Checking seed viability

Will my old seeds germinate?

One of the things about growing Chillies is that each season you want to grow new varieties. There is so much diversity in Chillies.They come in different colours, shapes. flavours, sizes and a bunch of other differences. This makes it extremely difficult not to try out growing new Chillies.

With all this choice, it is not uncommon to find your seed tin or drawer crammed with seed packets from previous seasons. Nothing wrong with that  , but there is a problem. Chill seeds have a shelf life.  After a while, they dry out and die. After a while, some seeds won’t germinate if you plant them. Others seem to hang on for quite a while longer.  Do you throw them away because the packet says the seeds are out of date, or do you see what you can do with them?

We have all reached this point at some time. Do you throw the seeds out or do you see if you can get some to germinate? In my case, I always go for the latter.  I don’t like throwing out seeds.  If there is a possibility that I can rescue just a couple I will go for it.  If you are same, how do we  find out ( before going to so much effort) that at least some will germinate? Is it all not just a waste of time?

The answer we  won’t. The best we can do is to use one of these tests to get an estimate of what percentage of seeds will germinate if we plant them.  If the tests fail, we then also have an answer,  The seeds can safely be thrown out with our consciences clear

Here’s how it is done.

How to do seed viability tests


Paper towel method

This method is quicker, but less reliable than the one below. You simply need to fill a jug with room temperature water and place some seeds in it.   Check after fifteen minutes. The seeds that have fallen to the bottom are the seeds that are most likely to be viable. Use this number against the total you started with to determine your estimated germination percentages rate.

You can use the estimated germination rate to decide how many seeds you will need to start to achieve your objectives.

You could of course use this method to select which seeds you are going to plant. You can discard the seeds that have not sunk to the bottom and only plant those that remain.  Before planting the seeds, soak them in room temperature tea for thirty minutes.  This will soften their outer seeds shells and they will germinate faster.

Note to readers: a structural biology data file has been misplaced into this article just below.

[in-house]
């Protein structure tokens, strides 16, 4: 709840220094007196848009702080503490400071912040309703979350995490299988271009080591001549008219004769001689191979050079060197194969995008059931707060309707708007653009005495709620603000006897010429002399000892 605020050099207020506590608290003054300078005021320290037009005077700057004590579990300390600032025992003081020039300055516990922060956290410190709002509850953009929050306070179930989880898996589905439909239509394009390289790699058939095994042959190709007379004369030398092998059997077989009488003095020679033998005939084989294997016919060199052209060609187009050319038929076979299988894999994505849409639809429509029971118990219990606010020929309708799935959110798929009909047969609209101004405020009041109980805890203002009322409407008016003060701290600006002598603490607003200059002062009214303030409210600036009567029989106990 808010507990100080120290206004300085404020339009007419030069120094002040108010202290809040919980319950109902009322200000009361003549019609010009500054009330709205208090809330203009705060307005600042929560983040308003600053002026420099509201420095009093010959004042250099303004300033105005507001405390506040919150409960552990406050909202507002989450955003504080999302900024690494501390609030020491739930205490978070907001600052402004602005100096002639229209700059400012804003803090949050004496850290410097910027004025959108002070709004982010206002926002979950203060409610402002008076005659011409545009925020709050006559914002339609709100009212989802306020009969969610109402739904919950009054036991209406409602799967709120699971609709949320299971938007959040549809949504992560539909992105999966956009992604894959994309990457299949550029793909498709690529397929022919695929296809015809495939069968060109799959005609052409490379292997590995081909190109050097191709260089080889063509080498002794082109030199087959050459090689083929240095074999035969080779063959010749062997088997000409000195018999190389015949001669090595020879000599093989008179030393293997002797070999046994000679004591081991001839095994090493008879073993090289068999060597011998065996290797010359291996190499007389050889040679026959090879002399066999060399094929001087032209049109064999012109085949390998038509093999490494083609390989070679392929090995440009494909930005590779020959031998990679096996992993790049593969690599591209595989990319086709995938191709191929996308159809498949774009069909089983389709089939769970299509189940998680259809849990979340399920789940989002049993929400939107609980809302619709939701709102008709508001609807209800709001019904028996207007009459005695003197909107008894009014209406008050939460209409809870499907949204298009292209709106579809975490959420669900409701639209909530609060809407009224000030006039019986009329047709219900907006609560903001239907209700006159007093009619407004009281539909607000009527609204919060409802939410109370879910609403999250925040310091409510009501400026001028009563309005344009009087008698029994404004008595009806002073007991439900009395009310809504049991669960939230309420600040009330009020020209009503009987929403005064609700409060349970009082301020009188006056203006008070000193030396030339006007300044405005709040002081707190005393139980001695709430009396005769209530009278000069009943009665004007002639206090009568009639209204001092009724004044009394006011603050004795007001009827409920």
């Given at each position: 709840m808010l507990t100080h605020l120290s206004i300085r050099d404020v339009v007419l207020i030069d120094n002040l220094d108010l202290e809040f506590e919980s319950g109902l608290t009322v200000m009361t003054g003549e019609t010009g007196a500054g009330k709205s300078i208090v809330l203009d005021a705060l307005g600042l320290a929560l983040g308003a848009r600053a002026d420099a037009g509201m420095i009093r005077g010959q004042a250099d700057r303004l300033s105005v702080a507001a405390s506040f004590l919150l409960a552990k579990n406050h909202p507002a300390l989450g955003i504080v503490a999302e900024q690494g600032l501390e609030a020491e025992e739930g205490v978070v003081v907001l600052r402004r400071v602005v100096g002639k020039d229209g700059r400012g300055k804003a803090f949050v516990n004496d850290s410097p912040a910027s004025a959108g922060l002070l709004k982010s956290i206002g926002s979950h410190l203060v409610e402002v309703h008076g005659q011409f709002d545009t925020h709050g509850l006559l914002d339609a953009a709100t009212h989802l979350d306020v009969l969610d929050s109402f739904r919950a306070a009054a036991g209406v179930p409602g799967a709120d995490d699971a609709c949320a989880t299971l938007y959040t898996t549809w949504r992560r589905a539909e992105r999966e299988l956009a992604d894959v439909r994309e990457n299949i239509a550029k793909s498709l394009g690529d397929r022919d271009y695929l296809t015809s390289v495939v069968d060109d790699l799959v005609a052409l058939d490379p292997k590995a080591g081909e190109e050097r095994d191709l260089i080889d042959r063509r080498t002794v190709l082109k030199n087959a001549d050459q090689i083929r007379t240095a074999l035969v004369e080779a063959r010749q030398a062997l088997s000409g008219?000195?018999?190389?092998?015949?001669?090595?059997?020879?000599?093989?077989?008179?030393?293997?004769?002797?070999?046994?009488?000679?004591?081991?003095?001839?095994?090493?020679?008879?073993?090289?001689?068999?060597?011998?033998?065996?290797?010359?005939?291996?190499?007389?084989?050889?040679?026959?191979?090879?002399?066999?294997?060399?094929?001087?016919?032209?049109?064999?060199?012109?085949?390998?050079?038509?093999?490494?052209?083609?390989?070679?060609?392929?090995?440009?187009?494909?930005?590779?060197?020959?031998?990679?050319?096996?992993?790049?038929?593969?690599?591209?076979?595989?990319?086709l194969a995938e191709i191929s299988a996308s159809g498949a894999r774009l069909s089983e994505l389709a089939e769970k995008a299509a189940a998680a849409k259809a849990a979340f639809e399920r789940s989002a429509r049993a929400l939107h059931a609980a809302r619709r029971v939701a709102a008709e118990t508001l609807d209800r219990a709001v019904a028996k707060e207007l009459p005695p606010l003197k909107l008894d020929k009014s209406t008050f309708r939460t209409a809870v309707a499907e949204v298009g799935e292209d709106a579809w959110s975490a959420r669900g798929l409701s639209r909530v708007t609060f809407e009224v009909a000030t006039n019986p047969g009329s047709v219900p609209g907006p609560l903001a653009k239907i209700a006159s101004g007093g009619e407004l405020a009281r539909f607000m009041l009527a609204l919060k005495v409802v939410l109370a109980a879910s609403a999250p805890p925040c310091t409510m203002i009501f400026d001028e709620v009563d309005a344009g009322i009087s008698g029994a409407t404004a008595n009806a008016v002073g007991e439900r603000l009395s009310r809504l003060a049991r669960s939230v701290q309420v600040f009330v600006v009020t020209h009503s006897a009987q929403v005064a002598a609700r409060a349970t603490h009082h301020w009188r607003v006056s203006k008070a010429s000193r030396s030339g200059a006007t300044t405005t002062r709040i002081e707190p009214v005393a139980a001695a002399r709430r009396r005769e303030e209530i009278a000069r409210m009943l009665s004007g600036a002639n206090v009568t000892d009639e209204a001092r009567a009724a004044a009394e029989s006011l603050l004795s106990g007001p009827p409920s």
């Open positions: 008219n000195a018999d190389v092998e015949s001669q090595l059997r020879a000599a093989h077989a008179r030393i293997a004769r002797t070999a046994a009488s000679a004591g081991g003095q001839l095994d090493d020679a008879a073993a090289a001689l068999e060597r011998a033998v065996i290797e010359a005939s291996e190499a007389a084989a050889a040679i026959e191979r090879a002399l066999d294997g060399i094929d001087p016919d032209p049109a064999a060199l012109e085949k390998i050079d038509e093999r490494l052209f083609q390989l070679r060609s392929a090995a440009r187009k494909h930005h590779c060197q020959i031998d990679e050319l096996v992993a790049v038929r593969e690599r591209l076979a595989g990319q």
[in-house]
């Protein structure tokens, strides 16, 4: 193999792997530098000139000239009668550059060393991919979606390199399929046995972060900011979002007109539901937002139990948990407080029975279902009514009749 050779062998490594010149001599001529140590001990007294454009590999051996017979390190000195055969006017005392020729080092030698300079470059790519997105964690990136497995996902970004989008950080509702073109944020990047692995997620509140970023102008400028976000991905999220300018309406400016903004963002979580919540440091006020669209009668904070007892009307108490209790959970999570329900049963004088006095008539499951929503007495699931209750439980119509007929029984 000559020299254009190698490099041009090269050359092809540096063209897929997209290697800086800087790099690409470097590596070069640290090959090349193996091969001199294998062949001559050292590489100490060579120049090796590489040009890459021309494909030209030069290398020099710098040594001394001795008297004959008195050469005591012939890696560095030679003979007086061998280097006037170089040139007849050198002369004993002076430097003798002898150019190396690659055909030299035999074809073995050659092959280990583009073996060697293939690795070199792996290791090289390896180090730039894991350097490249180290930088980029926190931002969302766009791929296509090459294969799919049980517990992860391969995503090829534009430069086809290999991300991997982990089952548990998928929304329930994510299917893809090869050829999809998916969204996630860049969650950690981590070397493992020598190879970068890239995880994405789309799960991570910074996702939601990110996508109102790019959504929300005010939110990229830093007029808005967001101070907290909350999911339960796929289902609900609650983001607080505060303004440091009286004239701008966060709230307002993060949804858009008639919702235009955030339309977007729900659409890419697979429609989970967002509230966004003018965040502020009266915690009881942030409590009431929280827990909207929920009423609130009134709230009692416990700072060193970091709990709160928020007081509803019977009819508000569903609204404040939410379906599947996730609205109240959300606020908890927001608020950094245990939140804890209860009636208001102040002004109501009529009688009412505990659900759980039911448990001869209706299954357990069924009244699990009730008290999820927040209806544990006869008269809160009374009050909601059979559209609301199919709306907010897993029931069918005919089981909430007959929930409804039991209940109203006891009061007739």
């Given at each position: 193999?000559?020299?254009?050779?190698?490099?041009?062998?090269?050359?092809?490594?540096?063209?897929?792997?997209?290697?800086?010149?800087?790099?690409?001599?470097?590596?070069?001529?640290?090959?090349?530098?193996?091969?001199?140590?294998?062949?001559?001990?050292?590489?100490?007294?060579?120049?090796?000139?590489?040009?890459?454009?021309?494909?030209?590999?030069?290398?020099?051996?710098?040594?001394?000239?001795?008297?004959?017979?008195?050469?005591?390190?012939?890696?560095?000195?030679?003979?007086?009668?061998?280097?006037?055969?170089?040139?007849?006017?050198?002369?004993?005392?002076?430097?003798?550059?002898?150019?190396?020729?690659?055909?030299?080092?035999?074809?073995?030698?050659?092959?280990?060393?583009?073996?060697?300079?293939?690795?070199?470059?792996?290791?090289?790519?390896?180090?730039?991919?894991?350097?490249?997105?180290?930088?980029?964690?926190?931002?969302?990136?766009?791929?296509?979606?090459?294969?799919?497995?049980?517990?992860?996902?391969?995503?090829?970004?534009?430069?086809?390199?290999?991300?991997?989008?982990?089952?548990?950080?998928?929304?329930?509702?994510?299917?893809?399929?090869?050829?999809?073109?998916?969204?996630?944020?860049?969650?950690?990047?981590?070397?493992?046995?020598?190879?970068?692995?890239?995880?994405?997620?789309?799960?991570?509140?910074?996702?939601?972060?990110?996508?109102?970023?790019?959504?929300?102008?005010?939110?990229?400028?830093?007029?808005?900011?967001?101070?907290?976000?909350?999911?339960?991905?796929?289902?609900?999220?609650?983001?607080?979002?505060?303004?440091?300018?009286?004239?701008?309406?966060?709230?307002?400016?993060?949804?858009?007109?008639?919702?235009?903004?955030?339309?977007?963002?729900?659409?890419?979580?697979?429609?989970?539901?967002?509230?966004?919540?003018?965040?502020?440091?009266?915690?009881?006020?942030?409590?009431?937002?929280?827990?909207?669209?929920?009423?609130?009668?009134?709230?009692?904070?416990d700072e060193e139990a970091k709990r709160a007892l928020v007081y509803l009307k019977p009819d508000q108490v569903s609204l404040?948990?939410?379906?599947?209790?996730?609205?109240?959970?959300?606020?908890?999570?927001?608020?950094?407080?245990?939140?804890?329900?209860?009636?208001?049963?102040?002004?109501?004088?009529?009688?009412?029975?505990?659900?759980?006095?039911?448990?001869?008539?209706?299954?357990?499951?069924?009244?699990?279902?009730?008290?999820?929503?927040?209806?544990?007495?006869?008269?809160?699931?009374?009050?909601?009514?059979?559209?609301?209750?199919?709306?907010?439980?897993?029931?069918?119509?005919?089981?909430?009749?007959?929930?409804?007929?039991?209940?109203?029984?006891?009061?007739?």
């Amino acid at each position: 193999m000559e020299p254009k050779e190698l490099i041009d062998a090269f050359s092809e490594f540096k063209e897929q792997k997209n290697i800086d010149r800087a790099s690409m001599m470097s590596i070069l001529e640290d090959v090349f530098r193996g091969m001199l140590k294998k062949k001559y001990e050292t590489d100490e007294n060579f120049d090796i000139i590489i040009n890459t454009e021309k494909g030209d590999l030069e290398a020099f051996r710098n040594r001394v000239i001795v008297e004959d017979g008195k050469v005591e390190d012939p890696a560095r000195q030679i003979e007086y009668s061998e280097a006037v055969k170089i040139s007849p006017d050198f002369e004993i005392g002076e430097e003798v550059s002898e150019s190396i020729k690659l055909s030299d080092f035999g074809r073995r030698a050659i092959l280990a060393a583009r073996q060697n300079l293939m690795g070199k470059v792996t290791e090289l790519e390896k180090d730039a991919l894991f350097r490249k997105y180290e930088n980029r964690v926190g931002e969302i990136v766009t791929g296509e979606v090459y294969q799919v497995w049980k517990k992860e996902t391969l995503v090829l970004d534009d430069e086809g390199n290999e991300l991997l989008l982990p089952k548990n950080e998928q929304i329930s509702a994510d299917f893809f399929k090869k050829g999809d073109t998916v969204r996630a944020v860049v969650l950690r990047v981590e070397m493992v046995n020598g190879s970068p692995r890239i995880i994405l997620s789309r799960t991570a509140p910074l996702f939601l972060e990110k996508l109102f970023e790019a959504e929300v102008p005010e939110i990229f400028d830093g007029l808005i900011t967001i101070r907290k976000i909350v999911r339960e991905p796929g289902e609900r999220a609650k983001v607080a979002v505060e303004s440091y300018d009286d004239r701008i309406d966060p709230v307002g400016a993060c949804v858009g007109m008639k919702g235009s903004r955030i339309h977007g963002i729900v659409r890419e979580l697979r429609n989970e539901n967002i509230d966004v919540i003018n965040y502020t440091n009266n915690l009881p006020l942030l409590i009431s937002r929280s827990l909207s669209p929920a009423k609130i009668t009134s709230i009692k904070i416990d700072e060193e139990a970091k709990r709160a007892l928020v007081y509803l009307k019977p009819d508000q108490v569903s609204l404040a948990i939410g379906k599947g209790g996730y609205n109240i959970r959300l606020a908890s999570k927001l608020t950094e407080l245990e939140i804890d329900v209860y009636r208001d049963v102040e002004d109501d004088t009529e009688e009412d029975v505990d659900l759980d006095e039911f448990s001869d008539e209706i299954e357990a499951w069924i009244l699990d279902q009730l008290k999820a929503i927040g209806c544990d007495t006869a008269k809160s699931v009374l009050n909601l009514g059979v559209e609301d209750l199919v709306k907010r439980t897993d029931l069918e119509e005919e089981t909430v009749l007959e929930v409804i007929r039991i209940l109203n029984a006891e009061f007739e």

This method works best with bigger seeds (e.g. pumpkin), so it is not the best for Chilli seeds. Smaller seeds tend to want to float!  However, if you don’t have a lot of time on your hands, it is better than nothing

To float or to sink ?


Soaking in Water

Moisten a sheet of paper kitchen towel with water.  (The sheets only need to be moist. Don’t make them too wet). Sprinkle some seeds on it.  Now place another sheet on top of the moistened sheet with the  seeds  Next, place this paper towel “ sandwich”  into a zip lock bag. Close it, but not entirely. Leave a little bit open. Place the bag into a warm place, out of direct sunlight.   Check the seeds every couple of days. After two weeks, the number of that have germinated as a percentage of the total will be your estimated germination rate,

Using this method will guide you on how many seeds you need to start. So, say, for example, you want five plants of a particular variety.  If you have used twenty seeds for viability testing and ten germinated, your viability rate is fifty percent. Therefore, you will need to sow ten seeds to achieve your objective.

The method is obviously not foolproof, but it’s a lot better than grappling in the dark. If you definitely need to achieve a minimum number of plants, consider planting even more than the ten mentioned above. There is still a chance; even after viability testing, some seeds may not germinate. So I would suggest sowing say, fifteen seeds for a greater chance of success.


I will be using both these methods to check out the viability of some old seeds. I have some Scotch bonnet seeds that I want to start, but the “plant by” date on the packet has long expired. It will be interesting to see what happens. I will report back in a couple of weeks on how it went.

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